The b***hes that sleep with the artist is the one that they give the main scene. It’s like you almost have to have a plug to be the lead girl. And I’m not about it. I’m not gonna f**k you, sleep with you to be the lead person. No. On top of that, a lot of guys that manage a lot of popular video vixen girls, they always used to tell me, “You’re really pretty and you have an outstanding personality, but your body is not fully developed.”
Did you get work done?
When I was 19, 20, 21, I wasn’t extremely thick. I ain’t have my a** done. And those same guys were like, “When you’re 23, 24 that’s when you can start. That’s when you’re gonna get popular, when your body starts to get bigger.” Luckily, I didn’t even have to wait that long. It was my personality that got me where I’m at. So, I can’t tell anybody to do this or that and be on Instagram. But I will tell you that you can use your personality and be bubbly and be yourself in any field that you’re in. That alone will take you far, for real.
What would you say to someone who thinks less of you, who doesn’t align with what you’re putting out in the world, who believes you’re not the right kind of person to look up to?
I don’t think me showing my body should be a problem or anyone’s concern. Do you think I paid for my a** and my titties for me not to show it? Let’s imagine that I was a big girl. Do you think I would lose all my weight for me not to show off my new physique? If I like my body and I want to show it off, I’m well within my right to do so. And if it’s a way for me to make money—why not? Why not make money from me, from what I got? Why not? It is what it is. Would it make a difference if I told you I went to school?
I think to some people that kind of stuff matters, yeah.
I do have an education; people think I don’t. But I went to high school and got my diploma, and then I went to Manhattan Community College. I didn’t finish, but I attended and took some classes in French and history.
Earlier this year, you did a women’s panel at NYU. How was that? What did you walk away with?
I only know my struggle. I’ve dealt with the struggle in the night life and trying to get in the industry. I never realized the struggle of other women that try to build their companies, or represent people. I’d never had to see how they struggle, and I saw it and thought, “Damn.” They have an education and look at how hard they still have to work. I be feeling like, “Damn, I work so hard,” but I’m not the only one that works hard. I walked away knowing that we all work hard, but in our different ways and in our different fields. I feel real proud of myself because when I see people that come from places like NYU—to go to NYU, you have to be extremely smart, so for me to see extremely smart people saying, “I look up to you. You inspire me,” I can’t even believe it. My a** inspired your smart a**? It’s just unbelievable, and it’s just something that really makes me feel good. I still can’t believe it because I feel like I’m just such a simple person and everybody be like, “Stop it,” but I just really can’t believe it. People that have majors and degrees and stuff.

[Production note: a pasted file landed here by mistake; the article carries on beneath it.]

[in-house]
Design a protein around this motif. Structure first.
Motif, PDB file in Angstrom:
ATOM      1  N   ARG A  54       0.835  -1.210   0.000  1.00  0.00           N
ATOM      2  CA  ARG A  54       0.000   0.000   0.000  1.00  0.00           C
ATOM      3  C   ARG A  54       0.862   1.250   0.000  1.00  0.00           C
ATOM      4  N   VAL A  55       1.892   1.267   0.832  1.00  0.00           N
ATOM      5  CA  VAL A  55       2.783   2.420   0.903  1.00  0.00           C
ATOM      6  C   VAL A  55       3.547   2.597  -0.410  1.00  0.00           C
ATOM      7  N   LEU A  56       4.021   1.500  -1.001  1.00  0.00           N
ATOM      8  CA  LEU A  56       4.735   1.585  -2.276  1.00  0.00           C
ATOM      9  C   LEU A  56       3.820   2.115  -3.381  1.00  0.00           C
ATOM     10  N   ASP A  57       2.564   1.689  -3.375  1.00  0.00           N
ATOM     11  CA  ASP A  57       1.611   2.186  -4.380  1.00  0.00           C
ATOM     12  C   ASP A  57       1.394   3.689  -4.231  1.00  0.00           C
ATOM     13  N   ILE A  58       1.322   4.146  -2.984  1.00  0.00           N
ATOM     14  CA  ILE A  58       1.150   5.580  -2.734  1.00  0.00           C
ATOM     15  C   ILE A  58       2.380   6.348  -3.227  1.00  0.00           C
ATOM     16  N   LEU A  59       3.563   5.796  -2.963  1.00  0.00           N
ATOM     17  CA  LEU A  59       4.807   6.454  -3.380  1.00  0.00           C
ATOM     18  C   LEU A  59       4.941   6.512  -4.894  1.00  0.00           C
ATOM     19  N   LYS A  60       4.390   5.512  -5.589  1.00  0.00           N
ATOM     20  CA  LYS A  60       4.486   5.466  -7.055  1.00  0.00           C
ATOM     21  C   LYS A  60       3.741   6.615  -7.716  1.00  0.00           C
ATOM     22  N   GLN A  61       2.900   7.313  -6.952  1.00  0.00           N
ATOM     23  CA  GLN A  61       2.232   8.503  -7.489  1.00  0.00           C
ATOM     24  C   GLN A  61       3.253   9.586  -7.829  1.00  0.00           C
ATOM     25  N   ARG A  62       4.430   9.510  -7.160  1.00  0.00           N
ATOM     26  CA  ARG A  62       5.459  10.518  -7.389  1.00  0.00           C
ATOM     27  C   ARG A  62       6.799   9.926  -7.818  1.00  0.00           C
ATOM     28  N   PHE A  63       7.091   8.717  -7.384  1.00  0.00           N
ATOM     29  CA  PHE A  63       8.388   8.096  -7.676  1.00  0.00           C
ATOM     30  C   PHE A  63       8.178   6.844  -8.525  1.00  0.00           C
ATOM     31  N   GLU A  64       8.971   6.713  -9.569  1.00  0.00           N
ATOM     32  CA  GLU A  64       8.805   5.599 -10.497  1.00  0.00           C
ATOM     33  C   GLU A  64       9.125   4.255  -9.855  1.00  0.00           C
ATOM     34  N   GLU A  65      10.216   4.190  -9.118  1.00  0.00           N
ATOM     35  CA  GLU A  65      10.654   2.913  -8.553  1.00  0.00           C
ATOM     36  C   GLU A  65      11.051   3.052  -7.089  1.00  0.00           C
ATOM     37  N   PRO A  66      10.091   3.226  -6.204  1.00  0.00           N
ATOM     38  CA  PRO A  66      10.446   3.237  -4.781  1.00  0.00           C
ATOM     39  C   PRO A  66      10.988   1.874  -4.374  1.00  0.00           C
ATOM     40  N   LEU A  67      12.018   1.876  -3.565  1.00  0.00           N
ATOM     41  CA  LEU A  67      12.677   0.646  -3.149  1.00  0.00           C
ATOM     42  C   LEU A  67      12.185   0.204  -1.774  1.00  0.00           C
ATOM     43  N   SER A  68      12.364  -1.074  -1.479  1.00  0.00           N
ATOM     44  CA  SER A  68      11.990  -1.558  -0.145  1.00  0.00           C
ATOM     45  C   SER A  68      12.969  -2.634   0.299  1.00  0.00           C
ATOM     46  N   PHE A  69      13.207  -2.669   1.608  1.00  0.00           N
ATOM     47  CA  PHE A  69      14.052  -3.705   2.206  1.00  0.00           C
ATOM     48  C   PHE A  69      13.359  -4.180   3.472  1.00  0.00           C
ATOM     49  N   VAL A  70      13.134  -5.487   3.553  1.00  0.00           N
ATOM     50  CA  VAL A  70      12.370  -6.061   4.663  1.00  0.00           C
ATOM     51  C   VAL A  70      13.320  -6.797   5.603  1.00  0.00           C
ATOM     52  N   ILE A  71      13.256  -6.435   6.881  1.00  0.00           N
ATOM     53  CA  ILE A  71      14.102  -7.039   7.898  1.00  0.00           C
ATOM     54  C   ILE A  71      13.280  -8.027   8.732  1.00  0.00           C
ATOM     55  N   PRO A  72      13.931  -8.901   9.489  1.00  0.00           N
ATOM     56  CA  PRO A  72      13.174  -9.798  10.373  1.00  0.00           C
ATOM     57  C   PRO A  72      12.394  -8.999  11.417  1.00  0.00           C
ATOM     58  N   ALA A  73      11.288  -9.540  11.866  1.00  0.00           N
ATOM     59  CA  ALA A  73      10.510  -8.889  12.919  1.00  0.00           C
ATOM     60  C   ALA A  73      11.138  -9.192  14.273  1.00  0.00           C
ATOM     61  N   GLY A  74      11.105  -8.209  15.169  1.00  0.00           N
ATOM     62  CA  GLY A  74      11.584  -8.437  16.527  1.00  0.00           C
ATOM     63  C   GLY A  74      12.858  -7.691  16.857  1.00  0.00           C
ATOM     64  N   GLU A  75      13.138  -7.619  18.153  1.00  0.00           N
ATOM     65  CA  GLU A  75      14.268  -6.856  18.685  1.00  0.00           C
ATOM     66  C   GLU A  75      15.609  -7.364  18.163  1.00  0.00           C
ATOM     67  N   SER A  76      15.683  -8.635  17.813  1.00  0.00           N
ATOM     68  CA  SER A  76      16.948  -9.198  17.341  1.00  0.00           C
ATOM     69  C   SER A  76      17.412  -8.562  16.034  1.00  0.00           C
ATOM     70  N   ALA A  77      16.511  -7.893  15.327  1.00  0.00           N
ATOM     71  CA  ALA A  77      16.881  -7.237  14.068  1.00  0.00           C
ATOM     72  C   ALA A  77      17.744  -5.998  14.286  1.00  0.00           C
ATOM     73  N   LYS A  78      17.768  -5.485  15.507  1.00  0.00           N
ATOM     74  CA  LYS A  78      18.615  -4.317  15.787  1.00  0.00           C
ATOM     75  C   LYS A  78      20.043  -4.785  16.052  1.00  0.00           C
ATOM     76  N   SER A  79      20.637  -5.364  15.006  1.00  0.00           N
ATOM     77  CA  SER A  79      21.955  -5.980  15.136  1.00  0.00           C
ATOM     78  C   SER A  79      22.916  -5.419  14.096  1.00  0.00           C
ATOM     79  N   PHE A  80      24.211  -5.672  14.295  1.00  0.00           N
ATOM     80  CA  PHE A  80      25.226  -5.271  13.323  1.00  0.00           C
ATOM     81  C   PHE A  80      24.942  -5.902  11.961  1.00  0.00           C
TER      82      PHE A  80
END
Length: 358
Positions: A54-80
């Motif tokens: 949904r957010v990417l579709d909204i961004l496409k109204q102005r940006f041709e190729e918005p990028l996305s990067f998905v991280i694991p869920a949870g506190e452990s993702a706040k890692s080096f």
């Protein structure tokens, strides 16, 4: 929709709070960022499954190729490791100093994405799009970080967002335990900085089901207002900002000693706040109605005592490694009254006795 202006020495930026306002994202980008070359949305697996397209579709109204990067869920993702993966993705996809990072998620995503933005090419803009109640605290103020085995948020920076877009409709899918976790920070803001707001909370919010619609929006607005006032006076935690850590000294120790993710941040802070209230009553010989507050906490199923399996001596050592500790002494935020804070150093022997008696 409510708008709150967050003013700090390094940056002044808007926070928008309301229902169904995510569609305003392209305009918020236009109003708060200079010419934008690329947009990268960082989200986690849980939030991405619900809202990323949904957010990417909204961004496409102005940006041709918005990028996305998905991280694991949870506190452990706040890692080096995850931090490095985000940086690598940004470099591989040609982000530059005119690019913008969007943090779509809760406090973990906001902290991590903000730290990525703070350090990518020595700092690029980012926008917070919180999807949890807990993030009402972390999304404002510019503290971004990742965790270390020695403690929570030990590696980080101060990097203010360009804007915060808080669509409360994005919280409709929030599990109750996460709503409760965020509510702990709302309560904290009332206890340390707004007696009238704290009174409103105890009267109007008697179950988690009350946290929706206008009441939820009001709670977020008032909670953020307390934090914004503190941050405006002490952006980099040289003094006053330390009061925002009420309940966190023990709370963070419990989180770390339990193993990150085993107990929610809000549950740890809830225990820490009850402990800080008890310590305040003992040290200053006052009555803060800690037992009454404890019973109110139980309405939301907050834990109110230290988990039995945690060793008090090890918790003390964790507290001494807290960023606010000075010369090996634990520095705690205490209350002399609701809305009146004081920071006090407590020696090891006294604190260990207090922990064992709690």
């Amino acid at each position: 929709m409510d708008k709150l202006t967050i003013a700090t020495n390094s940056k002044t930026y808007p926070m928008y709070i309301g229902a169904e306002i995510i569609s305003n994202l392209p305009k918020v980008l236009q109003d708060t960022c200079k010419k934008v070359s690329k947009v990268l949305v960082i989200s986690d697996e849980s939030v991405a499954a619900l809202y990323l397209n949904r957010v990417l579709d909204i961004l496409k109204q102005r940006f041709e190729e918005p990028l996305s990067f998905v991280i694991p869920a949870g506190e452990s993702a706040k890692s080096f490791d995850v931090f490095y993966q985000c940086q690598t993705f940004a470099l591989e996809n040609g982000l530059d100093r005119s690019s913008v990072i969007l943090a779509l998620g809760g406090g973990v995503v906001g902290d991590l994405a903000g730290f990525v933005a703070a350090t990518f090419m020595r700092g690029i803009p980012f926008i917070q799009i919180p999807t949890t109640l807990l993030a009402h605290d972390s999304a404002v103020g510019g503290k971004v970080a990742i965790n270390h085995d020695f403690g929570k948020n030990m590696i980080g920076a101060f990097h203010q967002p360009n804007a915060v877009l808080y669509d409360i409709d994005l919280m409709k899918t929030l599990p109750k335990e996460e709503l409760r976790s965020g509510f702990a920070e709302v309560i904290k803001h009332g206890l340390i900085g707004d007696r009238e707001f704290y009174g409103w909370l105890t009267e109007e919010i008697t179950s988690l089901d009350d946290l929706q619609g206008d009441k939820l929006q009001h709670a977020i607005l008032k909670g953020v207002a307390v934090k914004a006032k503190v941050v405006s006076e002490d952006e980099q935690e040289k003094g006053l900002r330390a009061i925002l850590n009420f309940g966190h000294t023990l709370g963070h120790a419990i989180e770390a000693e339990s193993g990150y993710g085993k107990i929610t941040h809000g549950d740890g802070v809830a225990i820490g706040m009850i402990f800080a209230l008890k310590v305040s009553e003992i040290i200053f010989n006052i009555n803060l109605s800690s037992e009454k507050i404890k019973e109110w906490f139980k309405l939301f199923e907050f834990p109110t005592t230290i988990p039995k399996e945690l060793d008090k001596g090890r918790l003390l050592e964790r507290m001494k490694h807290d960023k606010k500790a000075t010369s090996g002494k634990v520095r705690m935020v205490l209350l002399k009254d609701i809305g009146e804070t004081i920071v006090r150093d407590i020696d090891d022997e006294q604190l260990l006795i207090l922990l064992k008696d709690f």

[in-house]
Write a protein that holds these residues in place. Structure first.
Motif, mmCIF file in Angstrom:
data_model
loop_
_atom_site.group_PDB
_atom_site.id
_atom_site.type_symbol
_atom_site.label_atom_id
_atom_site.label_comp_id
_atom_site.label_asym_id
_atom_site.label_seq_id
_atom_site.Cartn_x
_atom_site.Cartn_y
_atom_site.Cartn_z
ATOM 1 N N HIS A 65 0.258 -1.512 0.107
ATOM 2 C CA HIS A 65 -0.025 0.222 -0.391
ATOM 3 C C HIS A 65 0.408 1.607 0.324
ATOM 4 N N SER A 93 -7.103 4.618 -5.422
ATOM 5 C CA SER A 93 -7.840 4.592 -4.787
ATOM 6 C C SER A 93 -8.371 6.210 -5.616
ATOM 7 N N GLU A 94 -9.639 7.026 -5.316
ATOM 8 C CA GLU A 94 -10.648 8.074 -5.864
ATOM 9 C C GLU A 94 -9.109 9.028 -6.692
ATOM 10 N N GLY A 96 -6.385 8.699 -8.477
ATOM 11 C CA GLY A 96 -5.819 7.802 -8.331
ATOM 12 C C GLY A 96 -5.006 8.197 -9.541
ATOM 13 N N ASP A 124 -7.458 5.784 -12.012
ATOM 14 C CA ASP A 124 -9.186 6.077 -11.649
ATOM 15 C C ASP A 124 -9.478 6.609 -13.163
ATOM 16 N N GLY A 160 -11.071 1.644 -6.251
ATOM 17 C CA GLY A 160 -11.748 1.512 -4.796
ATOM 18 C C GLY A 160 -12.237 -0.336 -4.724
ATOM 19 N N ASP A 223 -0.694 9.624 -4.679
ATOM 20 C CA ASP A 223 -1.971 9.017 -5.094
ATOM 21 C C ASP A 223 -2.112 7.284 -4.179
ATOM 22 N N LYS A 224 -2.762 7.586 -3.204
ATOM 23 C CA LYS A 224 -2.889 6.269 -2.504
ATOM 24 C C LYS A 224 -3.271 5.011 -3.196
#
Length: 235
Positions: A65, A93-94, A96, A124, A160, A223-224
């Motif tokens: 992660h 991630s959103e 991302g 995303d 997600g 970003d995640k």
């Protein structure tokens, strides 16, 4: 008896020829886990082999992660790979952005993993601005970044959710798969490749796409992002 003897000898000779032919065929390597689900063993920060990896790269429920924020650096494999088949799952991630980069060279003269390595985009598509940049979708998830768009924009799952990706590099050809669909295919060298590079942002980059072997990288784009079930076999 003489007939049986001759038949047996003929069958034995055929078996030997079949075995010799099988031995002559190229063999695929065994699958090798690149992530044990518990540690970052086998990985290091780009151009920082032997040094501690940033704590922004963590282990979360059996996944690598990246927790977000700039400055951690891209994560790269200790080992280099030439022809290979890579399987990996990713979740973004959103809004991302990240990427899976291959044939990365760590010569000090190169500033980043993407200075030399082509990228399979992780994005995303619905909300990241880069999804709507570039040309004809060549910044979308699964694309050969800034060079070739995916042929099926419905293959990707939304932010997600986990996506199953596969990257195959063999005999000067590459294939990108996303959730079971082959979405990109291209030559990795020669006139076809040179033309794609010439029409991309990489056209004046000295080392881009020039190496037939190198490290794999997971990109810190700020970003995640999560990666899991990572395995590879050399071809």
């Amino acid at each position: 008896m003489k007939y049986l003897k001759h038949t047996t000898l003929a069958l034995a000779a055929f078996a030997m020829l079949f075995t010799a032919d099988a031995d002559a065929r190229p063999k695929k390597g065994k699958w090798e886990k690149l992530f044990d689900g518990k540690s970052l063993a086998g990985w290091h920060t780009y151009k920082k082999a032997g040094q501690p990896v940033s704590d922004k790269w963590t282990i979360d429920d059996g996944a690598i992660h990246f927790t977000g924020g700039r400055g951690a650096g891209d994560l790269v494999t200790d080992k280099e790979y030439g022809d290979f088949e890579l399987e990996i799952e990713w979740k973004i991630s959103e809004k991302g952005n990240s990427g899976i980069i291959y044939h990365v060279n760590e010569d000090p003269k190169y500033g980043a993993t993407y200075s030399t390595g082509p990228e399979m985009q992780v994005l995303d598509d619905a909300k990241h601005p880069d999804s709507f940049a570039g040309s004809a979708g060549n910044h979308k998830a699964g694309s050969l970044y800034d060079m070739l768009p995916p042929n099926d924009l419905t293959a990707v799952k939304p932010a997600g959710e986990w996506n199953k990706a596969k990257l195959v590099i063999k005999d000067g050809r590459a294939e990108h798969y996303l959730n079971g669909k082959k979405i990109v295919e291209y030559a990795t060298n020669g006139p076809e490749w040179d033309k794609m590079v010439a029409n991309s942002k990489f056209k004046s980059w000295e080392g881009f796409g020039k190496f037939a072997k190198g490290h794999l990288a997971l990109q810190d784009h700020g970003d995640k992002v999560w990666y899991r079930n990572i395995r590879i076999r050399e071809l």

Yeah, but these are women, who I’m sure stand in solidarity with women like you, who may not be accepted as the norm in patriarchy, but represent the kind of autonomy many of us operate with. There is no one kind of feminist, right?
Right. I may not be your typical. Who’s to say that I can’t inspire a woman who works at a Fortune 500 company as much as she inspires me? I think that’s important to know.
In your past field of work, did you ever encounter physical, or maybe verbal, mental abuse?
Of course, because girls do get jealous. People be like, “Pretty b***hes don’t hit on each other. It’s the ugly b***hes that do.” That’s a lie. I just feel like pretty b***hes want all the attention, so when a new girl gets the attention, they just get so catty. And that’s another thing I would tell a young girl, “You want to be a stripper? Do you know how catty those women are?” Everybody says that in high school there is so much drama, but when you are in a strip club it is extremely dramatic. Everybody wants to know about your man, about your life. Everybody wants to know about who you’re messing with. People will lie to you and to your customers. A guy is throwing you money and it’s like, “Why isn’t he throwing ME money?” Then they go talk to them and they talk about your life: “She got a man. She’s doing this. She’s a whore.” It’s so catty. It’s like a never-ending high school scene. I dealt with a lot of fights in the strip club. I bet I wouldn’t have dealt with them in college. Nobody would talk to me about none of that sh*t if we were in college.